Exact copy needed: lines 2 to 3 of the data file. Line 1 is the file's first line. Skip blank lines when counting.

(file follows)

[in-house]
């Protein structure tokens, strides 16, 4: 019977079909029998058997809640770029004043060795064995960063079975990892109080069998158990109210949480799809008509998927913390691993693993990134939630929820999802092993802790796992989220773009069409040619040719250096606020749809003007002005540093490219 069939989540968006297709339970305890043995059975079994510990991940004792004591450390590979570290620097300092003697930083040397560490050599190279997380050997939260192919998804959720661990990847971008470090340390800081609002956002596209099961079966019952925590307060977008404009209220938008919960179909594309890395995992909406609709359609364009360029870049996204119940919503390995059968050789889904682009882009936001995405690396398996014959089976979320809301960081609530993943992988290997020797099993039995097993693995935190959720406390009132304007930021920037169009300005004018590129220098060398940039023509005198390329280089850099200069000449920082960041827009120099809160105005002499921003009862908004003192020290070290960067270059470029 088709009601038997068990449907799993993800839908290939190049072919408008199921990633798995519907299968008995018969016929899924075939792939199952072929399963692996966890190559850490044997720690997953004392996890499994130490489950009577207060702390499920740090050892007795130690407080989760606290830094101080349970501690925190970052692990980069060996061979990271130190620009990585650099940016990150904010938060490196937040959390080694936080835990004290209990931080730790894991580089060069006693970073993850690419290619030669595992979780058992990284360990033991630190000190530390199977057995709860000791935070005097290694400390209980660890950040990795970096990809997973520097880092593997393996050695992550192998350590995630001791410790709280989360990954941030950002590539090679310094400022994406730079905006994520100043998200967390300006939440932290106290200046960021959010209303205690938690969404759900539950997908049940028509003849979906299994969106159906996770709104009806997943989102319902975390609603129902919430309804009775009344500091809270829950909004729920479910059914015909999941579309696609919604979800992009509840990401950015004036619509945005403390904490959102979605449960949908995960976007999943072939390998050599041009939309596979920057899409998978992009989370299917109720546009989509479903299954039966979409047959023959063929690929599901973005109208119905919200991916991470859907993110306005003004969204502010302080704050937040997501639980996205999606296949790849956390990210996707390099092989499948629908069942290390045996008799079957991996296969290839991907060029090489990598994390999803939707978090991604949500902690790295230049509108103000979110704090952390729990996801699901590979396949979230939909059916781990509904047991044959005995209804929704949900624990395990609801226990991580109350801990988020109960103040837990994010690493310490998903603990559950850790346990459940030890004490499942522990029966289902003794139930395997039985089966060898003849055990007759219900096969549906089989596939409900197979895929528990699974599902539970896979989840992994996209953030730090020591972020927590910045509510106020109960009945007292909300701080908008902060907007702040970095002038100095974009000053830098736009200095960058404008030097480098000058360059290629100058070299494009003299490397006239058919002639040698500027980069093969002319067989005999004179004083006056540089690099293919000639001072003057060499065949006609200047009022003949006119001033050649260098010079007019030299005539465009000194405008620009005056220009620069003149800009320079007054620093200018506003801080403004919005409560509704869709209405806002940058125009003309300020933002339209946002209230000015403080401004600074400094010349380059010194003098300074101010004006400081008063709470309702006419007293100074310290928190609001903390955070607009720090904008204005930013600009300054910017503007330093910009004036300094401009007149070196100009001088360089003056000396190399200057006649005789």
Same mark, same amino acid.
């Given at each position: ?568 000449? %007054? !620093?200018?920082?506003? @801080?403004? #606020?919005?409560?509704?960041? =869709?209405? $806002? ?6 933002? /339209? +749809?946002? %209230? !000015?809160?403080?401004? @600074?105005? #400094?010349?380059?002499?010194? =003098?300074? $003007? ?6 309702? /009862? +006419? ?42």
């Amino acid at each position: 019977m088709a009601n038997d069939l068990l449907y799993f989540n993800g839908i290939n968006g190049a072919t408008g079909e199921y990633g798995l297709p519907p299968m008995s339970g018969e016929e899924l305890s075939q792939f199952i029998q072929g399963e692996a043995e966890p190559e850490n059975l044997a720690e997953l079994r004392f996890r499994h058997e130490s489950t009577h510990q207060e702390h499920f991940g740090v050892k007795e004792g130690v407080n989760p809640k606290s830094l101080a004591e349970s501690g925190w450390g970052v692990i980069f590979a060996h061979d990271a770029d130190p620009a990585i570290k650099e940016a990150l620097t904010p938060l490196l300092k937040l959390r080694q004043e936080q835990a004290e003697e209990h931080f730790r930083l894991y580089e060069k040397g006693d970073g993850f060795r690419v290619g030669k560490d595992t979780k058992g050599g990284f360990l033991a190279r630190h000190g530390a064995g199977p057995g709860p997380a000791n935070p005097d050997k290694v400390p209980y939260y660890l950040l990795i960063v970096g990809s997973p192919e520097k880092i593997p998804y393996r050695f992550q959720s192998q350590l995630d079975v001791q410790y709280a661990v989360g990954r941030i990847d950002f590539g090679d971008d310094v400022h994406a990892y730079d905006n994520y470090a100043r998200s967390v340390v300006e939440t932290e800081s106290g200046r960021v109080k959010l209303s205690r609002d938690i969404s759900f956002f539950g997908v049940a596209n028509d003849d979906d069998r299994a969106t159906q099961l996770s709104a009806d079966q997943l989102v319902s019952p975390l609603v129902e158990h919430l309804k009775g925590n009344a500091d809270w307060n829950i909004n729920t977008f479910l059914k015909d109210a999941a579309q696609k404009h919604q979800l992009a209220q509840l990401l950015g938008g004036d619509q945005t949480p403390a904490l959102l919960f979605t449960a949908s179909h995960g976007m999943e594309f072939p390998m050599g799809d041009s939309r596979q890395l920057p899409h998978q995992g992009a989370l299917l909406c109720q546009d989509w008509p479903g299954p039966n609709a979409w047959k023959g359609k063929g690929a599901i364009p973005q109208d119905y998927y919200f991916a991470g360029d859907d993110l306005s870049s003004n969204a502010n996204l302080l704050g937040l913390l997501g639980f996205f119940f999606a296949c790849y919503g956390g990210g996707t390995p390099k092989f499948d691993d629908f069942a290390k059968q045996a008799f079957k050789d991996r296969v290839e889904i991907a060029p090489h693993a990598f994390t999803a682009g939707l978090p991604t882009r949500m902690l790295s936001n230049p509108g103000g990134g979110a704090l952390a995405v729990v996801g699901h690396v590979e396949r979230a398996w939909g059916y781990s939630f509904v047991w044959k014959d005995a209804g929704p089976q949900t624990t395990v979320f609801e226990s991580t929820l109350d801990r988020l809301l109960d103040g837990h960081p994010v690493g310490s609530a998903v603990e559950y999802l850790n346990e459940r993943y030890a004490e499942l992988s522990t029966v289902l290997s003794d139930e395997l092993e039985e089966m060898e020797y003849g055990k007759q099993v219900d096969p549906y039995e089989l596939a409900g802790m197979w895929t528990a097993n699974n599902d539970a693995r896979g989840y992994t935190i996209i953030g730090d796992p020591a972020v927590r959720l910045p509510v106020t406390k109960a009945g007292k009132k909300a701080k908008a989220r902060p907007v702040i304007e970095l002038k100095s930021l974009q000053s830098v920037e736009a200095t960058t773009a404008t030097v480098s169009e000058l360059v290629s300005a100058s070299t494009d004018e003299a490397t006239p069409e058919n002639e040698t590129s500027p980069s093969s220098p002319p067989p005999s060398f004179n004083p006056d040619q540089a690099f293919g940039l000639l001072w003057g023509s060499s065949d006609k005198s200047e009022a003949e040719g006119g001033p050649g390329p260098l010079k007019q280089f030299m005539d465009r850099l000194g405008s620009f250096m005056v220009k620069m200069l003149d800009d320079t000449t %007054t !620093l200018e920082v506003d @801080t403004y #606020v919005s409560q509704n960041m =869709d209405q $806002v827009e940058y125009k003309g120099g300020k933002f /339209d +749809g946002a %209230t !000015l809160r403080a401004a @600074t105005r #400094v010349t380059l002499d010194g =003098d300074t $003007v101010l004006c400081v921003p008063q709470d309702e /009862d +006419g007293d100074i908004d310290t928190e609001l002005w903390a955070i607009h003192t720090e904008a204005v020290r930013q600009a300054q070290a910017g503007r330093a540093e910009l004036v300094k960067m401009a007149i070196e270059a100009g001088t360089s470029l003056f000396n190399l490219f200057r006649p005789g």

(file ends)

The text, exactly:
């Protein structure tokens, strides 16, 4: 019977079909029998058997809640770029004043060795064995960063079975990892109080069998158990109210949480799809008509998927913390691993693993990134939630929820999802092993802790796992989220773009069409040619040719250096606020749809003007002005540093490219 069939989540968006297709339970305890043995059975079994510990991940004792004591450390590979570290620097300092003697930083040397560490050599190279997380050997939260192919998804959720661990990847971008470090340390800081609002956002596209099961079966019952925590307060977008404009209220938008919960179909594309890395995992909406609709359609364009360029870049996204119940919503390995059968050789889904682009882009936001995405690396398996014959089976979320809301960081609530993943992988290997020797099993039995097993693995935190959720406390009132304007930021920037169009300005004018590129220098060398940039023509005198390329280089850099200069000449920082960041827009120099809160105005002499921003009862908004003192020290070290960067270059470029 088709009601038997068990449907799993993800839908290939190049072919408008199921990633798995519907299968008995018969016929899924075939792939199952072929399963692996966890190559850490044997720690997953004392996890499994130490489950009577207060702390499920740090050892007795130690407080989760606290830094101080349970501690925190970052692990980069060996061979990271130190620009990585650099940016990150904010938060490196937040959390080694936080835990004290209990931080730790894991580089060069006693970073993850690419290619030669595992979780058992990284360990033991630190000190530390199977057995709860000791935070005097290694400390209980660890950040990795970096990809997973520097880092593997393996050695992550192998350590995630001791410790709280989360990954941030950002590539090679310094400022994406730079905006994520100043998200967390300006939440932290106290200046960021959010209303205690938690969404759900539950997908049940028509003849979906299994969106159906996770709104009806997943989102319902975390609603129902919430309804009775009344500091809270829950909004729920479910059914015909999941579309696609919604979800992009509840990401950015004036619509945005403390904490959102979605449960949908995960976007999943072939390998050599041009939309596979920057899409998978992009989370299917109720546009989509479903299954039966979409047959023959063929690929599901973005109208119905919200991916991470859907993110306005003004969204502010302080704050937040997501639980996205999606296949790849956390990210996707390099092989499948629908069942290390045996008799079957991996296969290839991907060029090489990598994390999803939707978090991604949500902690790295230049509108103000979110704090952390729990996801699901590979396949979230939909059916781990509904047991044959005995209804929704949900624990395990609801226990991580109350801990988020109960103040837990994010690493310490998903603990559950850790346990459940030890004490499942522990029966289902003794139930395997039985089966060898003849055990007759219900096969549906089989596939409900197979895929528990699974599902539970896979989840992994996209953030730090020591972020927590910045509510106020109960009945007292909300701080908008902060907007702040970095002038100095974009000053830098736009200095960058404008030097480098000058360059290629100058070299494009003299490397006239058919002639040698500027980069093969002319067989005999004179004083006056540089690099293919000639001072003057060499065949006609200047009022003949006119001033050649260098010079007019030299005539465009000194405008620009005056220009620069003149800009320079007054620093200018506003801080403004919005409560509704869709209405806002940058125009003309300020933002339209946002209230000015403080401004600074400094010349380059010194003098300074101010004006400081008063709470309702006419007293100074310290928190609001903390955070607009720090904008204005930013600009300054910017503007330093910009004036300094401009007149070196100009001088360089003056000396190399200057006649005789």
Same mark, same amino acid.